So the young and old can help each other?
“What the study into solidarity shows is that solidarity is possible precisely when there is a difference between groups and generations. Why else would we help each other? Difference is a precondition for solidarity. Solidarity often comes about on its own when an individual or a group realises that another person or another group needs help. In addition, you gain extra solidarity between groups when it becomes apparent that the group needing help is willing to do something in exchange. Both the young and old often see in each other that they need help and that they can do something for each other. But that mutual acknowledgment is often drowned out by a narrative that is all about vying for money. I was at a gathering of old and young people once and as soon as talk turned to money, accusations were flying back and forth and it was all very counterproductive. But as soon as the question was shifted to 'What can old people learn from young people and vice versa?’ and ‘What can we mean to each other?’, suddenly a range of possibilities seemed to be raised. Young people have qualities and knowledge they can use to make the lives of old people more pleasant, and inversely there is a high degree of willingness among old people, who have a wealth of experience in business, to act as mentors for young people. These types of initiatives, in this case targeting the labour market, can work very well. Young parties and old parties can also try to meet on common ground, instead of getting sucked up into the conflict being orchestrated in the media.”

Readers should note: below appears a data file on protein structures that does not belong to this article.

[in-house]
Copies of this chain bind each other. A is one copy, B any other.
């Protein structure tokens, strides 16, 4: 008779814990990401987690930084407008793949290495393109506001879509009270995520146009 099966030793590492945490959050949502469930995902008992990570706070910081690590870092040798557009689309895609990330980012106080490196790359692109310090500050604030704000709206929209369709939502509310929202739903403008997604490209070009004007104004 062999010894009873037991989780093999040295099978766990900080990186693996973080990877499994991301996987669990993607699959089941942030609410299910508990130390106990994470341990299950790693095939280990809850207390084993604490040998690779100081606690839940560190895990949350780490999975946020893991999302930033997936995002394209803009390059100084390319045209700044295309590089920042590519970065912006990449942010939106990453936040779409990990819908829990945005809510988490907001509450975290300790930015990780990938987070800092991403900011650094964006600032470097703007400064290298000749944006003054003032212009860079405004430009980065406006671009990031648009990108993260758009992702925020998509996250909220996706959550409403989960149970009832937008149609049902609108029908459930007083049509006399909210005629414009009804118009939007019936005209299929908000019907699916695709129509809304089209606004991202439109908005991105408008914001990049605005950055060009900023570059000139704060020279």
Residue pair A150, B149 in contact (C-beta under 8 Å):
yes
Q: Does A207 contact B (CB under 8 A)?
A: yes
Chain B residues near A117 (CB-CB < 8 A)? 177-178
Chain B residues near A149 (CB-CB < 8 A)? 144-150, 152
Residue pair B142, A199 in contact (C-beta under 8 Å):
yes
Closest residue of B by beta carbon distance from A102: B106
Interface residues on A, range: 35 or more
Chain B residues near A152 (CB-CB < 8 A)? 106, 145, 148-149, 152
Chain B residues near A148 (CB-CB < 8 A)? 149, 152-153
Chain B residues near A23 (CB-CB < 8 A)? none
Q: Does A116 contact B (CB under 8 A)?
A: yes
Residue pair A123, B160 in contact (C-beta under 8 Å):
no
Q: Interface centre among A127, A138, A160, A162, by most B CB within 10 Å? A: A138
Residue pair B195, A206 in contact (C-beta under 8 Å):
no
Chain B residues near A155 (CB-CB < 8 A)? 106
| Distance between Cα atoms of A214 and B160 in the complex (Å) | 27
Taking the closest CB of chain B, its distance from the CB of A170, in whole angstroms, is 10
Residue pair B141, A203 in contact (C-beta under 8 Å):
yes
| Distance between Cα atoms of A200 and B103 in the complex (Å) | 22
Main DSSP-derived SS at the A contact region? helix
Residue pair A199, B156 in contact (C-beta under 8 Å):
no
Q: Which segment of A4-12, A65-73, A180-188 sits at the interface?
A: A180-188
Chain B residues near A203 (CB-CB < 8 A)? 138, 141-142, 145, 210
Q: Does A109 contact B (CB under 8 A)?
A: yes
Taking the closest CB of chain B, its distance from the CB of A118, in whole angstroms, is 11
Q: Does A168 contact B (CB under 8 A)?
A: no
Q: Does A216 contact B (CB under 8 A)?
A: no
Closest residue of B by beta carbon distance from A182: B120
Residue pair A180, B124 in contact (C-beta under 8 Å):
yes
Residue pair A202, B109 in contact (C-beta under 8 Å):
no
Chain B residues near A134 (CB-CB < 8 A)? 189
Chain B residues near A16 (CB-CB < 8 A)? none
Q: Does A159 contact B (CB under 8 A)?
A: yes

Finally, this. A portion of the SCP report concerns the contrast between Islamic and Western ideas, which has once again risen to the top of the agenda due to the recent attack on the editors of the satirical magazine Charlie Hebdo. Although the report says that citizens of foreign origin, many of them Islamic, are slowly but surely climbing the economic ladder, the SCP also says that the socio-cultural contrast is only widening. Does that socio-cultural contrast contribute towards extremism?
“First of all, I think one cannot draw such a clear link between the problem of extremism and the problem of diversity. Even if we see some research in which diversity and solidarity go less well together, or that diversity even undermines solidarity, my point here is mainly that extremism and terrorism are of a different order. Mutual comprehension and solidarity in a diverse, multi-ethnic neighbourhood can be enhanced, for example, by organising festivities together. Radicalism, on the other hand, is not smoothed over with a neighbourhood barbecue. Extremism is not simple to resolve, but requires in any case that attempts are made to tackle radicalism and to detain people as soon as they commit attacks.”
The issue is a section in Erasmus Magazine, the opinion and information magazine of Erasmus University Rotterdam, in which an EUR-academic responds to a current-social issue.